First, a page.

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Triglyceride
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Triglyceride

Triglycerides, or triacylglycerols, are natural fats and oils, composed of glycerin (chemically, "glycerol") and fatty acid chains. 

Table of contents
1 Chemical structure
2 Metabolism
3 Role in disease
4 Industrial uses

Chemical structure

The fatty acids are linked to the glycerol so as to form 3 ester functional groups:

CH2COOR-CHCOOR'-CH2-COOR"

where R, R', and R" are fatty acids; the three fatty acids can be all different, all the same, or only two the same.

R1-COOH + R2-OH <----> R-COO-R2 + H2O

carboxylic acid (= fatty acid) + alcohol (= glycerol) <-----> triglyceride + water

Chain lengths of triglycerides are 16 to 22 C atoms.

Metabolism

Triglycerides play an important role in metabolism as energy sources. They contain twice as much energy (8000 kcal/kg) as carbohydrates. In the intestine, triglycerides are split into glycerol and fatty acids (with the help of lipases and bile secretions), which can then move into blood vessels. The triglycerides are rebuilt in the blood from their fragments and become constituents of lipoproteins. Various tissues can release the free fatty acids and take them up as a source of energy. Fat cells can synthesize and store triglycerides. When the body requires fatty acids as an energy source, the hormone glucagon signals the breakdown of the triglycerides by hormone-sensitive lipase to release free fatty acids.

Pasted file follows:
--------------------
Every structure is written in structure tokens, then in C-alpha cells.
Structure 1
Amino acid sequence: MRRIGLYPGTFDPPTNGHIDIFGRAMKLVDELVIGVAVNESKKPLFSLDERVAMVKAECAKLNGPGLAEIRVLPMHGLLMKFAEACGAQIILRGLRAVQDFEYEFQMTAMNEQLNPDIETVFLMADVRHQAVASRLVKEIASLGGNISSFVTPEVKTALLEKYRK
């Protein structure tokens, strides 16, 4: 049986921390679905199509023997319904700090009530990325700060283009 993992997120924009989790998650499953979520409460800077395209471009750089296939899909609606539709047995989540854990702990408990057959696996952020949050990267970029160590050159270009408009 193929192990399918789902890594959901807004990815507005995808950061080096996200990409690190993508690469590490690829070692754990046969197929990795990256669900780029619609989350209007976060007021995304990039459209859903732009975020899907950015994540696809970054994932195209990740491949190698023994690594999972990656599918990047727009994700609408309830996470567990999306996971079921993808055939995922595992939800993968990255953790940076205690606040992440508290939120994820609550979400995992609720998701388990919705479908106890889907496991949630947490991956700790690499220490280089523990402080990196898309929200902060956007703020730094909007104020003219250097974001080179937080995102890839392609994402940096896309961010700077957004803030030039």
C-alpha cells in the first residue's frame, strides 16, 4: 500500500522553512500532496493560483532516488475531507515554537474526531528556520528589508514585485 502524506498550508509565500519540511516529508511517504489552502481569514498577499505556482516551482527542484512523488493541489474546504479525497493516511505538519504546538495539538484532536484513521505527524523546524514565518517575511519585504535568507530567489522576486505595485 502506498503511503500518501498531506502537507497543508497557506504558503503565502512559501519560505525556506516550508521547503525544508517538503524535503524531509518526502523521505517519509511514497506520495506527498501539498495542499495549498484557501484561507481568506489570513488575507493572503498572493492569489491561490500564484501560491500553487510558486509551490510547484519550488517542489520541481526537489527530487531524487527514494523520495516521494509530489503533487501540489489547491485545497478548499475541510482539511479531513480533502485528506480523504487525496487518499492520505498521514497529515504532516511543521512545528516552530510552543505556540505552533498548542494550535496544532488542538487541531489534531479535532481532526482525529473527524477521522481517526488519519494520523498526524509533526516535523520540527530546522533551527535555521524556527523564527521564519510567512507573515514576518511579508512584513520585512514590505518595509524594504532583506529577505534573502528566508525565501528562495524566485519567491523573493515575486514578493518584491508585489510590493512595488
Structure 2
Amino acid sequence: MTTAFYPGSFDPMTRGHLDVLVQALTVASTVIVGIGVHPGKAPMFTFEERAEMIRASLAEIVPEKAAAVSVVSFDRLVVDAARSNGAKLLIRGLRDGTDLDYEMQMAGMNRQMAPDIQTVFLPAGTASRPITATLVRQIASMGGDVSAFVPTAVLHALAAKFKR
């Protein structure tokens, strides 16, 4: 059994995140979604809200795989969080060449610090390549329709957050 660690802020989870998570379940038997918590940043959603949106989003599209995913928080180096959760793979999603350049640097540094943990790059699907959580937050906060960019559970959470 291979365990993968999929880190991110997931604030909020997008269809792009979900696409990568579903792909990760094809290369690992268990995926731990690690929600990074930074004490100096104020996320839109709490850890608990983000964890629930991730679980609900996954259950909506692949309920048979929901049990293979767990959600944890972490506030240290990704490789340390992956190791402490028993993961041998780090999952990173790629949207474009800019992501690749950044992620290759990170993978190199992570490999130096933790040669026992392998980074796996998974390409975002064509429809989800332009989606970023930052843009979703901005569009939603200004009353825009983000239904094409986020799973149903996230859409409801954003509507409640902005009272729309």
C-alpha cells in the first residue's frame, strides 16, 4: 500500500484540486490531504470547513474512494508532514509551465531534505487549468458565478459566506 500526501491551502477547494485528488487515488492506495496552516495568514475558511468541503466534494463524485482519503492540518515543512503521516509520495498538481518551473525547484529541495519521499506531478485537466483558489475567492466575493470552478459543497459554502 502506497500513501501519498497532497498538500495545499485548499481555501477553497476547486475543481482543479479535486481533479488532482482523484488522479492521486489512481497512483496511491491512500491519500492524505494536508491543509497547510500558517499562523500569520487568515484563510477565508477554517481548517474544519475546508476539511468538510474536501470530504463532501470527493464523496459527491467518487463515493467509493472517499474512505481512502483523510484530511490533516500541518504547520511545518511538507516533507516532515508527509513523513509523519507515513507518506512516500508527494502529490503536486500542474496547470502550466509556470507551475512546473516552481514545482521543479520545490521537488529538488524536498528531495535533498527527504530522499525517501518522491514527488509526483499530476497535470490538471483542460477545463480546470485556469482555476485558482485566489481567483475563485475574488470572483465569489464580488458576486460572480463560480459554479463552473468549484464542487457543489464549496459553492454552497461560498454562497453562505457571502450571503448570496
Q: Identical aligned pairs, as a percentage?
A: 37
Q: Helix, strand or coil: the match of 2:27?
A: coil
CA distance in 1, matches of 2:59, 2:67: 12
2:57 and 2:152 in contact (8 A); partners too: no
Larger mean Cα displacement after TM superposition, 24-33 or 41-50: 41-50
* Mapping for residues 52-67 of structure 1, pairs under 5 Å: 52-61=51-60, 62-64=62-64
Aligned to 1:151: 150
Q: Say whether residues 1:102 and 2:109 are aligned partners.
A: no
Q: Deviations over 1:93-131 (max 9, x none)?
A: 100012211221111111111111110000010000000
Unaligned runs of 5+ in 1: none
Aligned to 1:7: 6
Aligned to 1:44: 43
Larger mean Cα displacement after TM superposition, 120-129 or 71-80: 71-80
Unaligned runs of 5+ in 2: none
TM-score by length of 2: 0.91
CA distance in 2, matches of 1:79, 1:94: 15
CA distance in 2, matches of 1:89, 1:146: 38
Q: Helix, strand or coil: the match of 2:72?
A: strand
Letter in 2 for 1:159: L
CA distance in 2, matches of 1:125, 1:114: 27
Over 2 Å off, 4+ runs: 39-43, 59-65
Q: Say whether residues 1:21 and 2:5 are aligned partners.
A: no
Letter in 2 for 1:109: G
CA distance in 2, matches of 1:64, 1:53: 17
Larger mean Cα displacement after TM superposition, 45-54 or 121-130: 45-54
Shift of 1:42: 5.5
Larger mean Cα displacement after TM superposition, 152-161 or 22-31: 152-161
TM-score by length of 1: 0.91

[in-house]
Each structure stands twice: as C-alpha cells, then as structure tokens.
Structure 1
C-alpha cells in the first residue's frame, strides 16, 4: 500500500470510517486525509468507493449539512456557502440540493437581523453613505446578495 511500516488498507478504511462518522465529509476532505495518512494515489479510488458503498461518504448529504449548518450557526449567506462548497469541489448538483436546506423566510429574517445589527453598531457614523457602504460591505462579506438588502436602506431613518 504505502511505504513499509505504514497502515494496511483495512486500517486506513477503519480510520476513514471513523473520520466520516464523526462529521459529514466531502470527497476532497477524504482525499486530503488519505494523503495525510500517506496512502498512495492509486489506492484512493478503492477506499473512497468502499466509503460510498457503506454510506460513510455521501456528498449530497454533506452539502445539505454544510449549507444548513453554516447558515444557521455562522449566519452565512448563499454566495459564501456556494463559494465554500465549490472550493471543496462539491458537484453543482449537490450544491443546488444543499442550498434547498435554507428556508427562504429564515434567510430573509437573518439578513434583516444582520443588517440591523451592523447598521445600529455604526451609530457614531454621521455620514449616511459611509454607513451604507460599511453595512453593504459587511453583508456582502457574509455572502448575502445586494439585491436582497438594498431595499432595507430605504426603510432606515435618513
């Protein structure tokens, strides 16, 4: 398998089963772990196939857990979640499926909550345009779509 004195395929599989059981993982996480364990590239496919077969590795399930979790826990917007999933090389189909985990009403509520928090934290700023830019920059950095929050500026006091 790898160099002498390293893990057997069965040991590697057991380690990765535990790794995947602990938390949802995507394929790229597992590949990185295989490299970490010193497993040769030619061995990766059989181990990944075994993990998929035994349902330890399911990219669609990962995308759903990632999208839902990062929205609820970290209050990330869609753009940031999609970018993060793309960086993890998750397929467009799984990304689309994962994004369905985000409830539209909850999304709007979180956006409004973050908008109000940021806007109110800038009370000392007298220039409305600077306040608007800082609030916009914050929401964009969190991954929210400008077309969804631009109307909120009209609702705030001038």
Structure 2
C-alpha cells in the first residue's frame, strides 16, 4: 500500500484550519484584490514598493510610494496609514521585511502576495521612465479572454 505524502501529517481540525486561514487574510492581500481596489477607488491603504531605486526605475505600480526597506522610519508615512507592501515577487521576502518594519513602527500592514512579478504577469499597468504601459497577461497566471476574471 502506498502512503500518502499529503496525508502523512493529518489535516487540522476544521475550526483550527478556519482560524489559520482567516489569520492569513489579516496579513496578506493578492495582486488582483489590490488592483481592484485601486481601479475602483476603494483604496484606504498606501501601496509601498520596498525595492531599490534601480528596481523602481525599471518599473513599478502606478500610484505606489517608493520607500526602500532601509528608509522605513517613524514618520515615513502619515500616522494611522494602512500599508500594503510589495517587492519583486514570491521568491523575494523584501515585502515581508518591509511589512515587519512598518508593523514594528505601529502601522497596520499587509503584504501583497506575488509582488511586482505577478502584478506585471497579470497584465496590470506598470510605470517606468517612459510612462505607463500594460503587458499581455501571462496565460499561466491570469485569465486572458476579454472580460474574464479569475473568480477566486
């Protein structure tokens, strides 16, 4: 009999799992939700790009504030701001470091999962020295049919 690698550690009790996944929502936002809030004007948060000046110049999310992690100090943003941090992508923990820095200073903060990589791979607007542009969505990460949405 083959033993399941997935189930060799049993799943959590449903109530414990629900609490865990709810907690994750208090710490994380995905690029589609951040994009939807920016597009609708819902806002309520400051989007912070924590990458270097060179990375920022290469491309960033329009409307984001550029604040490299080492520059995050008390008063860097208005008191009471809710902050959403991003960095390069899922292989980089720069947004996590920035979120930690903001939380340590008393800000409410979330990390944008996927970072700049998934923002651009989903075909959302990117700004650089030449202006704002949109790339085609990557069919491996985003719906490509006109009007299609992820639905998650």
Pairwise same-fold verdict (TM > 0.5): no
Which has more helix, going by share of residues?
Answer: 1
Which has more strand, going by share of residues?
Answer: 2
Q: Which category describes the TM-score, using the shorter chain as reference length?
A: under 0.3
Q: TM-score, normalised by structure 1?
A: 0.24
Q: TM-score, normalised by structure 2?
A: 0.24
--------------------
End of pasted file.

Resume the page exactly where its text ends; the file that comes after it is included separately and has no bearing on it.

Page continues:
Role in disease

See also the main article hypertriglyceridaemia

In the human body, high levels of triglycerides in the bloodstream have been linked to atherosclerosis, and, by extension, to the risk of heart disease and stroke. However, the negative impact of raised levels of triglycerides is lower than that of LDL-cholesterol. The risk can be partly accounted for a strong inverse relationship between triglyceride level and HDL-cholesterol level.

Other diseases caused by high triglycerides include pancreatitis.

Guidelines

The American Heart Association has set guidelines for triglyceride levels:

Level mg/dl Level mmol/L Interpretation
<150 <1.69 Normal range, lowest risk
150-199 1.70-2.25 Borderline high
200-499 2.25-5.63 High
>500 >5.65 Very high, increased risk

Reducing triglyceride levels

Cardiovascular exercise and low-moderate carbohydrate diets containing essential fatty acid are recommended for reducing triglyceride levels. When these fail, fibrate drugs (and some statins) are registered for reducing triglyceride levels.

Industrial uses

Triglycerides are also split into their components via transesterification during the manufacture of biodiesel. The fatty acid monoalkyl ester can be used as fuel in diesel engines. The glycerin can be used for food and in pharmaceutical production, among others.